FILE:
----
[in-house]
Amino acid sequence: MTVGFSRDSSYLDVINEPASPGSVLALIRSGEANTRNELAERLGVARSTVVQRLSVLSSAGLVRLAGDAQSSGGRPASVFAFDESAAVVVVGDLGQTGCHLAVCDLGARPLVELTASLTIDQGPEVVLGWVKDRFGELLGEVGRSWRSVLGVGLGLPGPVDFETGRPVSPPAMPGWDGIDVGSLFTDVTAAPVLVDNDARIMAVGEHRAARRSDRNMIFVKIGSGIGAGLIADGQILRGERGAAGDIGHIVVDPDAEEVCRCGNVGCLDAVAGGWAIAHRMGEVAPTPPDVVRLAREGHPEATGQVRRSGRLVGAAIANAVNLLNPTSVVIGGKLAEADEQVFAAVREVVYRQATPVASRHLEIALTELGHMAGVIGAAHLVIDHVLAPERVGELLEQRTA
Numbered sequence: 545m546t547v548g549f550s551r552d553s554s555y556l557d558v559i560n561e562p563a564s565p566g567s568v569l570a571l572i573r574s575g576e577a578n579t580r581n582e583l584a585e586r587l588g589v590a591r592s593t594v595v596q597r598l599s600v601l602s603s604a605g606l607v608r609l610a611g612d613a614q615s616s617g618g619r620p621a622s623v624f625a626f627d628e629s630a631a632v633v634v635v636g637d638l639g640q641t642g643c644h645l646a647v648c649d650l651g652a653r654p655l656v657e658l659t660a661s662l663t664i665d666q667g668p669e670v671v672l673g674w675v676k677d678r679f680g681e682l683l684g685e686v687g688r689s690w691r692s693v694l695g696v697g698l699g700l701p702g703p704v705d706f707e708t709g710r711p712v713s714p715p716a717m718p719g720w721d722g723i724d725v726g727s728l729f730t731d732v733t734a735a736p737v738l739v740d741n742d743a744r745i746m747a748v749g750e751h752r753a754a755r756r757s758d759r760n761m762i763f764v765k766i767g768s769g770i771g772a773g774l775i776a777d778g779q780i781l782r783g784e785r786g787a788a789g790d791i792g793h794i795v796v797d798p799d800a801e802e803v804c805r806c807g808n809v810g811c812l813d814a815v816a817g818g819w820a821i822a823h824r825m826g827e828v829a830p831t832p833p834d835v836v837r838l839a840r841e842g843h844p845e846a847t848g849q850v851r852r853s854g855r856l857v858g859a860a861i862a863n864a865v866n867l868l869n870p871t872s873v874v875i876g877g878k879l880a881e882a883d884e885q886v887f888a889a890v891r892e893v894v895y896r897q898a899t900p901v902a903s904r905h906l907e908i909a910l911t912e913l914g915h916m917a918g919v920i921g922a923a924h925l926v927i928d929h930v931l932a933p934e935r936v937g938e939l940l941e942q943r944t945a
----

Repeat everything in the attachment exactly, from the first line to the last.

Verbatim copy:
[in-house]
Amino acid sequence: MTVGFSRDSSYLDVINEPASPGSVLALIRSGEANTRNELAERLGVARSTVVQRLSVLSSAGLVRLAGDAQSSGGRPASVFAFDESAAVVVVGDLGQTGCHLAVCDLGARPLVELTASLTIDQGPEVVLGWVKDRFGELLGEVGRSWRSVLGVGLGLPGPVDFETGRPVSPPAMPGWDGIDVGSLFTDVTAAPVLVDNDARIMAVGEHRAARRSDRNMIFVKIGSGIGAGLIADGQILRGERGAAGDIGHIVVDPDAEEVCRCGNVGCLDAVAGGWAIAHRMGEVAPTPPDVVRLAREGHPEATGQVRRSGRLVGAAIANAVNLLNPTSVVIGGKLAEADEQVFAAVREVVYRQATPVASRHLEIALTELGHMAGVIGAAHLVIDHVLAPERVGELLEQRTA
Numbered sequence: 545m546t547v548g549f550s551r552d553s554s555y556l557d558v559i560n561e562p563a564s565p566g567s568v569l570a571l572i573r574s575g576e577a578n579t580r581n582e583l584a585e586r587l588g589v590a591r592s593t594v595v596q597r598l599s600v601l602s603s604a605g606l607v608r609l610a611g612d613a614q615s616s617g618g619r620p621a622s623v624f625a626f627d628e629s630a631a632v633v634v635v636g637d638l639g640q641t642g643c644h645l646a647v648c649d650l651g652a653r654p655l656v657e658l659t660a661s662l663t664i665d666q667g668p669e670v671v672l673g674w675v676k677d678r679f680g681e682l683l684g685e686v687g688r689s690w691r692s693v694l695g696v697g698l699g700l701p702g703p704v705d706f707e708t709g710r711p712v713s714p715p716a717m718p719g720w721d722g723i724d725v726g727s728l729f730t731d732v733t734a735a736p737v738l739v740d741n742d743a744r745i746m747a748v749g750e751h752r753a754a755r756r757s758d759r760n761m762i763f764v765k766i767g768s769g770i771g772a773g774l775i776a777d778g779q780i781l782r783g784e785r786g787a788a789g790d791i792g793h794i795v796v797d798p799d800a801e802e803v804c805r806c807g808n809v810g811c812l813d814a815v816a817g818g819w820a821i822a823h824r825m826g827e828v829a830p831t832p833p834d835v836v837r838l839a840r841e842g843h844p845e846a847t848g849q850v851r852r853s854g855r856l857v858g859a860a861i862a863n864a865v866n867l868l869n870p871t872s873v874v875i876g877g878k879l880a881e882a883d884e885q886v887f888a889a890v891r892e893v894v895y896r897q898a899t900p901v902a903s904r905h906l907e908i909a910l911t912e913l914g915h916m917a918g919v920i921g922a923a924h925l926v927i928d929h930v931l932a933p934e935r936v937g938e939l940l941e942q943r944t945a